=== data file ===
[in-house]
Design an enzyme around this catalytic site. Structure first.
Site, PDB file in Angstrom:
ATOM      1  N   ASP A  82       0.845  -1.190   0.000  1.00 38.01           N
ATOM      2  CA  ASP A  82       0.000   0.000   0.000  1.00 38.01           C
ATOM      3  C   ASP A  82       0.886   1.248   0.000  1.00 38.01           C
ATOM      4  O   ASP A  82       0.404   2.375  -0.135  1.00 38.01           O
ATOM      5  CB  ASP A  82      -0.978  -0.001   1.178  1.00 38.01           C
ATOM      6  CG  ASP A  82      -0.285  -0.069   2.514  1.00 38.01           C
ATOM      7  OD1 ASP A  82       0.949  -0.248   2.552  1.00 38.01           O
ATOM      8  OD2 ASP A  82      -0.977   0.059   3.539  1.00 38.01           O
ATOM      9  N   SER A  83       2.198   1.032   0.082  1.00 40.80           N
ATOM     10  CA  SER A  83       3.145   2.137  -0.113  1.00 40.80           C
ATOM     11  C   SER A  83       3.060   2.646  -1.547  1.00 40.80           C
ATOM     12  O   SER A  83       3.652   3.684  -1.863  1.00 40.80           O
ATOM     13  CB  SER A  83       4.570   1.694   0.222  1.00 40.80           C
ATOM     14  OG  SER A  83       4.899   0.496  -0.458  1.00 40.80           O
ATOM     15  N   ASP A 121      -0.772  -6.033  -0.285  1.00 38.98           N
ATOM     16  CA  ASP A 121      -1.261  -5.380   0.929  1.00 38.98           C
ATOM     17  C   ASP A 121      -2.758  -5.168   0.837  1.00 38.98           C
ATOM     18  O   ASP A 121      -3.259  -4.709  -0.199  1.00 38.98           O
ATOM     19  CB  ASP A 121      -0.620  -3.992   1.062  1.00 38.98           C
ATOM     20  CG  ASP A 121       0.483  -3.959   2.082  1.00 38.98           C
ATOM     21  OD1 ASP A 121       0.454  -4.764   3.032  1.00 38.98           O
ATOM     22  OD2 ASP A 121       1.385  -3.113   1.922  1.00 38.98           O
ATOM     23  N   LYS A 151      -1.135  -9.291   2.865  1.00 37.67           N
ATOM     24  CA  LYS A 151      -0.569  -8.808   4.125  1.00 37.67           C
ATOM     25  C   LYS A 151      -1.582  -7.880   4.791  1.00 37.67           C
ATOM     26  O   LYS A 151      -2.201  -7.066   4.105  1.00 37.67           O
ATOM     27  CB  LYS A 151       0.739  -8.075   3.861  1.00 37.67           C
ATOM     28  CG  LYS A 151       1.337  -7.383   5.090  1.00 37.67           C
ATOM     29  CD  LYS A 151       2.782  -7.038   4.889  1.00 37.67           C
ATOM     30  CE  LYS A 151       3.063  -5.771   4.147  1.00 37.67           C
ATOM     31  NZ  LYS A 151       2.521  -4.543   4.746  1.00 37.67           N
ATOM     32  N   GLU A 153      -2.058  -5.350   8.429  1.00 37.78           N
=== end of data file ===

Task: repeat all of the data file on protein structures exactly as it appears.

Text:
[in-house]
Design an enzyme around this catalytic site. Structure first.
Site, PDB file in Angstrom:
ATOM      1  N   ASP A  82       0.845  -1.190   0.000  1.00 38.01           N
ATOM      2  CA  ASP A  82       0.000   0.000   0.000  1.00 38.01           C
ATOM      3  C   ASP A  82       0.886   1.248   0.000  1.00 38.01           C
ATOM      4  O   ASP A  82       0.404   2.375  -0.135  1.00 38.01           O
ATOM      5  CB  ASP A  82      -0.978  -0.001   1.178  1.00 38.01           C
ATOM      6  CG  ASP A  82      -0.285  -0.069   2.514  1.00 38.01           C
ATOM      7  OD1 ASP A  82       0.949  -0.248   2.552  1.00 38.01           O
ATOM      8  OD2 ASP A  82      -0.977   0.059   3.539  1.00 38.01           O
ATOM      9  N   SER A  83       2.198   1.032   0.082  1.00 40.80           N
ATOM     10  CA  SER A  83       3.145   2.137  -0.113  1.00 40.80           C
ATOM     11  C   SER A  83       3.060   2.646  -1.547  1.00 40.80           C
ATOM     12  O   SER A  83       3.652   3.684  -1.863  1.00 40.80           O
ATOM     13  CB  SER A  83       4.570   1.694   0.222  1.00 40.80           C
ATOM     14  OG  SER A  83       4.899   0.496  -0.458  1.00 40.80           O
ATOM     15  N   ASP A 121      -0.772  -6.033  -0.285  1.00 38.98           N
ATOM     16  CA  ASP A 121      -1.261  -5.380   0.929  1.00 38.98           C
ATOM     17  C   ASP A 121      -2.758  -5.168   0.837  1.00 38.98           C
ATOM     18  O   ASP A 121      -3.259  -4.709  -0.199  1.00 38.98           O
ATOM     19  CB  ASP A 121      -0.620  -3.992   1.062  1.00 38.98           C
ATOM     20  CG  ASP A 121       0.483  -3.959   2.082  1.00 38.98           C
ATOM     21  OD1 ASP A 121       0.454  -4.764   3.032  1.00 38.98           O
ATOM     22  OD2 ASP A 121       1.385  -3.113   1.922  1.00 38.98           O
ATOM     23  N   LYS A 151      -1.135  -9.291   2.865  1.00 37.67           N
ATOM     24  CA  LYS A 151      -0.569  -8.808   4.125  1.00 37.67           C
ATOM     25  C   LYS A 151      -1.582  -7.880   4.791  1.00 37.67           C
ATOM     26  O   LYS A 151      -2.201  -7.066   4.105  1.00 37.67           O
ATOM     27  CB  LYS A 151       0.739  -8.075   3.861  1.00 37.67           C
ATOM     28  CG  LYS A 151       1.337  -7.383   5.090  1.00 37.67           C
ATOM     29  CD  LYS A 151       2.782  -7.038   4.889  1.00 37.67           C
ATOM     30  CE  LYS A 151       3.063  -5.771   4.147  1.00 37.67           C
ATOM     31  NZ  LYS A 151       2.521  -4.543   4.746  1.00 37.67           N
ATOM     32  N   GLU A 153      -2.058  -5.350   8.429  1.00 37.78           N